Little Eveleigh Street, from where new disabled access to Redfern Station is proposed. Photo: Jack Carnegie

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By Katherine Rajwar

Transport NSW has proposed an accessibility upgrade at Redfern Station, changes long awaited by users, given that Redfern is the sixth busiest station in NSW. Redfern currently has disability access to one platform only.

The proposed development includes a new southern entrance to the station and lifts to platforms 1 to 10, to be connected via a footbridge.

However, some local residents worry that the plans are inadequate, a mere ‘Band-Aid solution’ to meet mandatory National Disability Standards by 2022.

Geoffrey Turnbull, co-spokesperson of REDWatch (Redfern, Eveleigh, Darlington and Waterloo Watch Group), said the station will still not be fully accessible as the underground platforms are absent from the proposal.

“We see that platforms 11 and 12 are excluded from the [upgrade] plans. These are considered the second most dangerous [for people with mobility issues] in the network after Town Hall Station.

“They don’t have the necessary safeguards in place. There’s no second entrance or exit, so the platforms can’t be evacuated in enough time to meet the Emergency Management Regulations, and the underground station also fills up with smoke.”

The iconic building of the Big Issue magazine office on Little Eveleigh Street, an independent publication that provides an income to homeless, marginalised and disadvantaged, is the proposed site for the new entrance to the station.

Jack Carnegie, an occupant of Little Eveleigh Street for over twenty years, believes that the plans will have devastating repercussions on the street, as its narrow structure will not accommodate the expected influx of commuters who will overcrowd the road, affecting parking, noise levels and the bicycle lane. Carnegie believes that the local community has been left out of the conversation on the new upgrades.

“They’re not giving the street cultural value, they’re treating it as expendable. The attitude they have is, ‘The Big Issue, who cares about that?’”, Carnegie said. “Rule one of community engagement, talk to the people who live there,” he added.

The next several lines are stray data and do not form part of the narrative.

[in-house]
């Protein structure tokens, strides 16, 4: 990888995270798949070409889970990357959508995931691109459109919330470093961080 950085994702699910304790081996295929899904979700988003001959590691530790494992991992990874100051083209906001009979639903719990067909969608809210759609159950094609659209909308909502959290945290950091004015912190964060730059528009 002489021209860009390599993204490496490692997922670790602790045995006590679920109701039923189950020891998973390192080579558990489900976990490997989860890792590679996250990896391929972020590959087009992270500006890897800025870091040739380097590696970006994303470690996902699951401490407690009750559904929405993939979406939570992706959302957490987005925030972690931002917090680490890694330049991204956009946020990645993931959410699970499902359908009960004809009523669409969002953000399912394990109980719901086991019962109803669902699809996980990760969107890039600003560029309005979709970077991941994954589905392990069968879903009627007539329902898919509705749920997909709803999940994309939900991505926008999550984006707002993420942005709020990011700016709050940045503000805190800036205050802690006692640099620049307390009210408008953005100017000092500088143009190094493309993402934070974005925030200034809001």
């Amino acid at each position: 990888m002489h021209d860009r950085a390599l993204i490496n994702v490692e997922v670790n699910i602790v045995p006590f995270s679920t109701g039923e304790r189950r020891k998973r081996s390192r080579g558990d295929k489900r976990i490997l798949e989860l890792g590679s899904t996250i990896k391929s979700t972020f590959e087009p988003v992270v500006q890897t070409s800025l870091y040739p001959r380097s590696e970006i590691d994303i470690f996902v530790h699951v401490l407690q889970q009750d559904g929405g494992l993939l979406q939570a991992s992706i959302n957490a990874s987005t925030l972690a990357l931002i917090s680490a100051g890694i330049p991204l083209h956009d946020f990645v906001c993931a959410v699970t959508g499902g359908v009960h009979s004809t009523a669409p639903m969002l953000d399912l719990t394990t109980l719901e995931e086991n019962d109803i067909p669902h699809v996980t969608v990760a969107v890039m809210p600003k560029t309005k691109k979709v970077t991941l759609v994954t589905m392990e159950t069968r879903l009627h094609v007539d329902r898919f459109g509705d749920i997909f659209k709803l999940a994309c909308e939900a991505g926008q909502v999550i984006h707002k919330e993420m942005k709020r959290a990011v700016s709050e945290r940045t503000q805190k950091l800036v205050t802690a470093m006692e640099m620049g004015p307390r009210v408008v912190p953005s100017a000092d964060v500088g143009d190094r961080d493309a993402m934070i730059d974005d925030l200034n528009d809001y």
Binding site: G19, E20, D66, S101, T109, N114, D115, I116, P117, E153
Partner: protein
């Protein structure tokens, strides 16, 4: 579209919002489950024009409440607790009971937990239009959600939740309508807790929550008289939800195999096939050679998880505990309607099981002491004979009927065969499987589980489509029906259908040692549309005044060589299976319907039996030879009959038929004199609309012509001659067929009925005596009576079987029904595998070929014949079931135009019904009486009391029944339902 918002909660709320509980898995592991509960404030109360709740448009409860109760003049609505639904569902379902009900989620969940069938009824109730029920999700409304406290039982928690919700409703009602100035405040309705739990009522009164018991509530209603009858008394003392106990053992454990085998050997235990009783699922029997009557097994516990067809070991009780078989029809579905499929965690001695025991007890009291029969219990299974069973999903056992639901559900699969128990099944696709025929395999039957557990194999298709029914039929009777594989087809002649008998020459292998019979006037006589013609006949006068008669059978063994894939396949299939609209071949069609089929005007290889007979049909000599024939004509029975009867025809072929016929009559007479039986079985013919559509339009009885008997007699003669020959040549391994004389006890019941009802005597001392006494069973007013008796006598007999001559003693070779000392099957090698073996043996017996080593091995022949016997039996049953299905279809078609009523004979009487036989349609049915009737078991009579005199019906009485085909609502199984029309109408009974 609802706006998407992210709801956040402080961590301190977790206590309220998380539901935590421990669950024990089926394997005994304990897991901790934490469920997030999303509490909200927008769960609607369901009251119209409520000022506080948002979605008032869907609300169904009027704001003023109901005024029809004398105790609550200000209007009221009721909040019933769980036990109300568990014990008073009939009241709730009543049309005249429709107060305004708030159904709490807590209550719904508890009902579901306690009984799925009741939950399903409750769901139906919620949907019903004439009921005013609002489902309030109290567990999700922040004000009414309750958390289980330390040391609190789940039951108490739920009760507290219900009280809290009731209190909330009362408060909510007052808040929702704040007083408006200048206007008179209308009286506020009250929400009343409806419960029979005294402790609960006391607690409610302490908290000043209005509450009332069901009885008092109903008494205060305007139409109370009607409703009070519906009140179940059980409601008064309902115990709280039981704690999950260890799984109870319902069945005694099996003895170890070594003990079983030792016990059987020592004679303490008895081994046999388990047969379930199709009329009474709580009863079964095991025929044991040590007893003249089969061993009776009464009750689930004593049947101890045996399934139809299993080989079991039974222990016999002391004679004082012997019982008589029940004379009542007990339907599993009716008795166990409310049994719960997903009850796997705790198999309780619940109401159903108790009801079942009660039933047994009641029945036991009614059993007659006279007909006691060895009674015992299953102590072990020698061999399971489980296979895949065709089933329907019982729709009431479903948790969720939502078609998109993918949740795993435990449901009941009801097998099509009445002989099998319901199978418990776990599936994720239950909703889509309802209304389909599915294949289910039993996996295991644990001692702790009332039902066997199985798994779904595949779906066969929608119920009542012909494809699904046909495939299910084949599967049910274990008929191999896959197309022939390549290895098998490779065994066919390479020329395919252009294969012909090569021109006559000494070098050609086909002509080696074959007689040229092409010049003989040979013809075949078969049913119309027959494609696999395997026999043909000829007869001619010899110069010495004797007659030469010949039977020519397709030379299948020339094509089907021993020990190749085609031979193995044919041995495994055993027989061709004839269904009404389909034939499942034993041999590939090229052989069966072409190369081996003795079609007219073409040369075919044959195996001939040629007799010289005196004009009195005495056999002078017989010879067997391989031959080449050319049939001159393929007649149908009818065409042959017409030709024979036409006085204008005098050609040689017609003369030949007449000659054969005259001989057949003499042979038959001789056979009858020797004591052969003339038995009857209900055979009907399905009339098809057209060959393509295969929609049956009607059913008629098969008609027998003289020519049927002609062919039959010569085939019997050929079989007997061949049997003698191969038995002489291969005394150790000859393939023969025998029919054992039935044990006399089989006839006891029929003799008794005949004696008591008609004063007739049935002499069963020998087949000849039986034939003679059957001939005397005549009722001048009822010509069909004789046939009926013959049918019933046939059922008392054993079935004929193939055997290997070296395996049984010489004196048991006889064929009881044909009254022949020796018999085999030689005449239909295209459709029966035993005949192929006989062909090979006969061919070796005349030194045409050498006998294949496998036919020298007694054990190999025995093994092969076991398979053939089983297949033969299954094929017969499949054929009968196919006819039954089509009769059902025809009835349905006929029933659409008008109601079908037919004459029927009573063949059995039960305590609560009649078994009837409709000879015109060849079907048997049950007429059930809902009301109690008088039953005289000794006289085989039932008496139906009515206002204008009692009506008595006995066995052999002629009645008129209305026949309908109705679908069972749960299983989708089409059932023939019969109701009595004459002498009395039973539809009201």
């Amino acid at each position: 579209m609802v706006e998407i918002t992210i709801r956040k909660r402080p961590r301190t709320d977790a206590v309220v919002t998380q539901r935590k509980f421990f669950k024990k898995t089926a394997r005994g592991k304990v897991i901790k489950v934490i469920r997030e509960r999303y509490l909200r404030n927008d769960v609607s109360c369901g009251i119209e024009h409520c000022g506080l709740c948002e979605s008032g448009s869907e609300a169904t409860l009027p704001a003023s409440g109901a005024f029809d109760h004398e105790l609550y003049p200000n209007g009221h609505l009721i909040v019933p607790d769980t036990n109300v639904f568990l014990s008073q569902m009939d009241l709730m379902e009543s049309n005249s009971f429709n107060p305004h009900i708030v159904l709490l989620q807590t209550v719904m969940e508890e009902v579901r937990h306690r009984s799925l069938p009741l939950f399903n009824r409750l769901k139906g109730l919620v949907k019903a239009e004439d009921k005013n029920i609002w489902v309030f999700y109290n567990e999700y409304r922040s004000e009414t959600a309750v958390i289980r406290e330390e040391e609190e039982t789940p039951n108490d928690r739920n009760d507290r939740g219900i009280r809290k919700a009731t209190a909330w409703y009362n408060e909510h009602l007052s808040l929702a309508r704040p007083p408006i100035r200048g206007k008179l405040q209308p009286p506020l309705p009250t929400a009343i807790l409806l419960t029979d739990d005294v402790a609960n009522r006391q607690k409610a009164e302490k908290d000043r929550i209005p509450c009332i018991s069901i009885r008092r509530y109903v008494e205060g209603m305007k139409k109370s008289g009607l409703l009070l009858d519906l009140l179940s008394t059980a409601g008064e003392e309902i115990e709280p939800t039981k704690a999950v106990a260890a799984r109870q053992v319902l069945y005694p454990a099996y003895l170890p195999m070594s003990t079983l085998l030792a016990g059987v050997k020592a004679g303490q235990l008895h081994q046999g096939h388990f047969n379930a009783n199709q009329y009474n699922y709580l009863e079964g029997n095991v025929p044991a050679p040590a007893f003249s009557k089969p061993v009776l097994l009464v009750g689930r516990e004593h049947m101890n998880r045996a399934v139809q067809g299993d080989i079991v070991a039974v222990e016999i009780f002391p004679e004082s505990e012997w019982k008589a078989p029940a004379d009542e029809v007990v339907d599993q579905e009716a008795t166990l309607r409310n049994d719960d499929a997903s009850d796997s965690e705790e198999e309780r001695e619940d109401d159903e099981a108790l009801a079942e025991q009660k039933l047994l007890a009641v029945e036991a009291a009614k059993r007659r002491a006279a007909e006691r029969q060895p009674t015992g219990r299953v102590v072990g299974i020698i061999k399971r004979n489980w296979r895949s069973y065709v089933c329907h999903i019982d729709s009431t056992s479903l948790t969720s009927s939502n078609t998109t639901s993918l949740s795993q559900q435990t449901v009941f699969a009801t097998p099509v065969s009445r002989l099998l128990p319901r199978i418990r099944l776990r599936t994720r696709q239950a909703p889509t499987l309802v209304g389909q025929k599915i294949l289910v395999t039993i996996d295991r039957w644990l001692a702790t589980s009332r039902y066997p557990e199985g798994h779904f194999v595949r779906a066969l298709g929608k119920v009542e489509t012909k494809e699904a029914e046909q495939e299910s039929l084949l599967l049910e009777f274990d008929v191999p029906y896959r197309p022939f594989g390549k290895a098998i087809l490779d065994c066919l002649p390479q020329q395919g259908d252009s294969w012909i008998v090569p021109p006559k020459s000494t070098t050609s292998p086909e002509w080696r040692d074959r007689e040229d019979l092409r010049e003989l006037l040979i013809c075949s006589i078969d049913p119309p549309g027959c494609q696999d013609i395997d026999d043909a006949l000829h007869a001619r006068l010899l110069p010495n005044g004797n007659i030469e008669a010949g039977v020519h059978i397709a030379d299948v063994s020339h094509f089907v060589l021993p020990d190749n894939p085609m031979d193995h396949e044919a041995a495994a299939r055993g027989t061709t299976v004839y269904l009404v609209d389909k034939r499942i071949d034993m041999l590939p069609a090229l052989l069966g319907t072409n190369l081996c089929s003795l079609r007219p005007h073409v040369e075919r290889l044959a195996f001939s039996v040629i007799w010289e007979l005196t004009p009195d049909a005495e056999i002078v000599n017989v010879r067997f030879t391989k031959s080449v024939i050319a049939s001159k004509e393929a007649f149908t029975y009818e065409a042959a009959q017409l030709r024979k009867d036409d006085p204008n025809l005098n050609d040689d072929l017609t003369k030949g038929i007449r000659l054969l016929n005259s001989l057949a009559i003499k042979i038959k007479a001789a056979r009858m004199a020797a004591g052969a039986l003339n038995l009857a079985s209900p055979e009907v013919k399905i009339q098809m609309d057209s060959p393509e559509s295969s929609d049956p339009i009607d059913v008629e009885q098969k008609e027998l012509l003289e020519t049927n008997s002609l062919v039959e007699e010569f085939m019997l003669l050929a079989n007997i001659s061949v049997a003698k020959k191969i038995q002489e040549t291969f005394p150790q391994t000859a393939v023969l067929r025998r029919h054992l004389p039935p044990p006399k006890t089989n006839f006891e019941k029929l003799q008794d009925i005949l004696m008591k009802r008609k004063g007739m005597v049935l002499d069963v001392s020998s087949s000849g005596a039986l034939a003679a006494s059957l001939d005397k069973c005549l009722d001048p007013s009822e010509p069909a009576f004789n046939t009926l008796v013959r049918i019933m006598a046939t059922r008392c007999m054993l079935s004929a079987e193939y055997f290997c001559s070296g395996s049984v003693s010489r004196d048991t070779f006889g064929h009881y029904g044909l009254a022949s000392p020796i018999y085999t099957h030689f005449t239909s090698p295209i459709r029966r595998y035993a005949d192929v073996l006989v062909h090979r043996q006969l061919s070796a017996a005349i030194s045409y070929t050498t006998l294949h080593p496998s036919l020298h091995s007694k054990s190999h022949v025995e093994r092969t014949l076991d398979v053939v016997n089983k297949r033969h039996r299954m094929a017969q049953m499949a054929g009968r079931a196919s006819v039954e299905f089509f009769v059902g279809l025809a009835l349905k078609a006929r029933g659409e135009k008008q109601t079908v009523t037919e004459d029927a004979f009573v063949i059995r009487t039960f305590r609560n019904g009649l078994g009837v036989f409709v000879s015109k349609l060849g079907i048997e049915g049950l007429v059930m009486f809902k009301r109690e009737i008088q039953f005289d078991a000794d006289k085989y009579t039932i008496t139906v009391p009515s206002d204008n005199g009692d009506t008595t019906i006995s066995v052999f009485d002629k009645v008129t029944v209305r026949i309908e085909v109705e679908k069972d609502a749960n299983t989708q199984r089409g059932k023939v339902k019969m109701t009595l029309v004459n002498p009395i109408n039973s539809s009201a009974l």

“They’ve considered their key stakeholders, The University of Sydney, Carriageworks and the Commonwealth Bank… They’ve been talking to them but they haven’t been talking to local residents. They just don’t regard the local community as key stakeholders.

“We want wheelchair access and disabled access for Redfern station – what we don’t want is to lose our street!”

Carnegie stresses that the push for accessibility to the station is needed, but not at the comprise of his home.

“I live there,” he says pointing to a blueprint of the proposed diagram, “and now I’m going to have a railway station across the way from my home.

“Transport NSW suggested to me that I sell my house for commercial property. I told them it was an outrageous suggestion and that I had no intentions of doing that.”

At a recent REDWatch meeting, Turnbull spoke with Redfern residents who raised concerns about the upgrades.

“People are concerned about how that exit [Little Eveleigh Street] is going to work in relation to the existing use of that street, in terms of the bike lane, motor vehicle and pedestrian use,” he said. “Our hope is that if there is enough community pressure they’ll have to reconsider.”

If the current plans are approved, the $100 million upgrades will begin construction in mid 2020 and are expected to be completed in approximately 15 months.

An alternative proposal has been suggested that would include building the new concourse to Wilson Street. Activists hope that by raising public opinion it may prompt a change to the proposed upgrades, although Transport NSW has yet to reconsider.